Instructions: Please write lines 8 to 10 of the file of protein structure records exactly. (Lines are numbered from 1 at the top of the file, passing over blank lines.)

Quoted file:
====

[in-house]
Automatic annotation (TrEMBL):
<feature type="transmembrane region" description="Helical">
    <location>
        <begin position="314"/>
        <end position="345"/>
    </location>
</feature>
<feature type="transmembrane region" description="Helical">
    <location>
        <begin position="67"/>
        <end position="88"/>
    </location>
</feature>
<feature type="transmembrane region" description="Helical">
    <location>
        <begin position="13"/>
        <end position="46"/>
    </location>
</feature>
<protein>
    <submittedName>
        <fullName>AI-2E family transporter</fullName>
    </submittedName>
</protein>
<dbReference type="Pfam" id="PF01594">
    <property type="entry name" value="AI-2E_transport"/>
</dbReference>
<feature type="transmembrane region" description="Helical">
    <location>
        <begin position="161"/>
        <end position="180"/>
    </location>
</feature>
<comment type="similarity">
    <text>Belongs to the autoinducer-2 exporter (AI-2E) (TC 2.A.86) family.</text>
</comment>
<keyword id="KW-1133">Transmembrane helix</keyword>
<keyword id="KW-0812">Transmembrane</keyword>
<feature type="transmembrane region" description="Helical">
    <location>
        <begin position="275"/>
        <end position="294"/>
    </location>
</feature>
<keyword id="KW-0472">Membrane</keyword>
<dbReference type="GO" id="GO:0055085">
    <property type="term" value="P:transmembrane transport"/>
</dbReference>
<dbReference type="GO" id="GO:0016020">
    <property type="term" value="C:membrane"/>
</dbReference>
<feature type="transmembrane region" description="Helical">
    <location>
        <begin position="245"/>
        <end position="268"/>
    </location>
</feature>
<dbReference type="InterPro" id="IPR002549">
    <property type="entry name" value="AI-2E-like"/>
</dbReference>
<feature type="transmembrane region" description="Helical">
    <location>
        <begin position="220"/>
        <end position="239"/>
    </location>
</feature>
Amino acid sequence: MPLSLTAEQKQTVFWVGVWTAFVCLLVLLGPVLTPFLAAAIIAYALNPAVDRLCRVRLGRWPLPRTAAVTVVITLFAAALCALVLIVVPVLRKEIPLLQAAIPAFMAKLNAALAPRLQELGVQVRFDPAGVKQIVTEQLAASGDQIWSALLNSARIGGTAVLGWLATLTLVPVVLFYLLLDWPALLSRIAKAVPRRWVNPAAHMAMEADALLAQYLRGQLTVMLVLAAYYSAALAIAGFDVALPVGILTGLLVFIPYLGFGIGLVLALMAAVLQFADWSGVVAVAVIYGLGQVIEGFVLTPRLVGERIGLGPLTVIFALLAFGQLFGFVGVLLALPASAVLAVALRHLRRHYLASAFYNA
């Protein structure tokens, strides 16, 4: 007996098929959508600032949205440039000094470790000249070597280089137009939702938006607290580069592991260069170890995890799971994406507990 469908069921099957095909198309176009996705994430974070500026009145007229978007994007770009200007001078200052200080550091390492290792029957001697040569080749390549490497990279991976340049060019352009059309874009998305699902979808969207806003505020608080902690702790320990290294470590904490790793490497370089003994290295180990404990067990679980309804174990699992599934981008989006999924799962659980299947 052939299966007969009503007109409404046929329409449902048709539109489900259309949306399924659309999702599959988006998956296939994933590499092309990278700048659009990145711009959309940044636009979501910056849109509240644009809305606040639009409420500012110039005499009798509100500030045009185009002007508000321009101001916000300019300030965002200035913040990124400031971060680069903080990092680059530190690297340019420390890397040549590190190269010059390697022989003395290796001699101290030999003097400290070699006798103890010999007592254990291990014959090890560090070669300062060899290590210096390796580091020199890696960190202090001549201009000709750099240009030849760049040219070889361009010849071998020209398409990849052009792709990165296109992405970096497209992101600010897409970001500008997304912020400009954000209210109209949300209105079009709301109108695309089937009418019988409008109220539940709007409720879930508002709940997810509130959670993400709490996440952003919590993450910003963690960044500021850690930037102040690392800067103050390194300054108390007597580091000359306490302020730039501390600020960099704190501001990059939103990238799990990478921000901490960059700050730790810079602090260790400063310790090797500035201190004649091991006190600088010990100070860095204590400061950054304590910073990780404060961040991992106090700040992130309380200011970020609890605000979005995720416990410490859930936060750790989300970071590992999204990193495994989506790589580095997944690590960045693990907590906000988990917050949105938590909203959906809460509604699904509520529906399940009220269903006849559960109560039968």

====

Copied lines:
</feature>
<feature type="transmembrane region" description="Helical">
    <location>